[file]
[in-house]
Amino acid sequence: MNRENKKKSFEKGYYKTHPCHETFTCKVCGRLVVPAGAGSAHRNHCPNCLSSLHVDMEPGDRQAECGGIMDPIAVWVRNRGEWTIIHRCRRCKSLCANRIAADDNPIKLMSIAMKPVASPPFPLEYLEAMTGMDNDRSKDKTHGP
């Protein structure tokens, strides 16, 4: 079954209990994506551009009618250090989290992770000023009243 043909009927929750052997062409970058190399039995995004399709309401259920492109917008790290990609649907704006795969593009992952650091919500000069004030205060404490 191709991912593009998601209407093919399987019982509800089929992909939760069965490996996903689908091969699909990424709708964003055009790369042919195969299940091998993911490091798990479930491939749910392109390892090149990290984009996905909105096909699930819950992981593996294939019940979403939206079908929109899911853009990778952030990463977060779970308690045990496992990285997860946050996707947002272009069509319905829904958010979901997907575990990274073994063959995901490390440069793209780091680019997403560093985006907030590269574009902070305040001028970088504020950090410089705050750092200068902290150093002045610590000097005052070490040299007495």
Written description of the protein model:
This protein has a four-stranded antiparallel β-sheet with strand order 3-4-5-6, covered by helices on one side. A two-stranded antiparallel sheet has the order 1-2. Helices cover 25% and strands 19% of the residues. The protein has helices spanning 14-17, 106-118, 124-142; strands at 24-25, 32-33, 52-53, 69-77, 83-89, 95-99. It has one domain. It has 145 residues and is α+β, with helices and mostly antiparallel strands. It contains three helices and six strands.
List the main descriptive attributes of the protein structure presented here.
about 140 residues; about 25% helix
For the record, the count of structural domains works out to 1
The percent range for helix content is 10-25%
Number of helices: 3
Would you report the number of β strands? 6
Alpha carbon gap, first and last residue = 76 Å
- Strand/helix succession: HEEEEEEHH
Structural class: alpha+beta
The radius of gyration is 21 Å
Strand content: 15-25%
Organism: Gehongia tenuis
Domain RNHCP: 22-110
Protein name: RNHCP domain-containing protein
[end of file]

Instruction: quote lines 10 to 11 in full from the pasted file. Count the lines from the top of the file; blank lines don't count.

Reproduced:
Number of helices: 3
Would you report the number of β strands? 6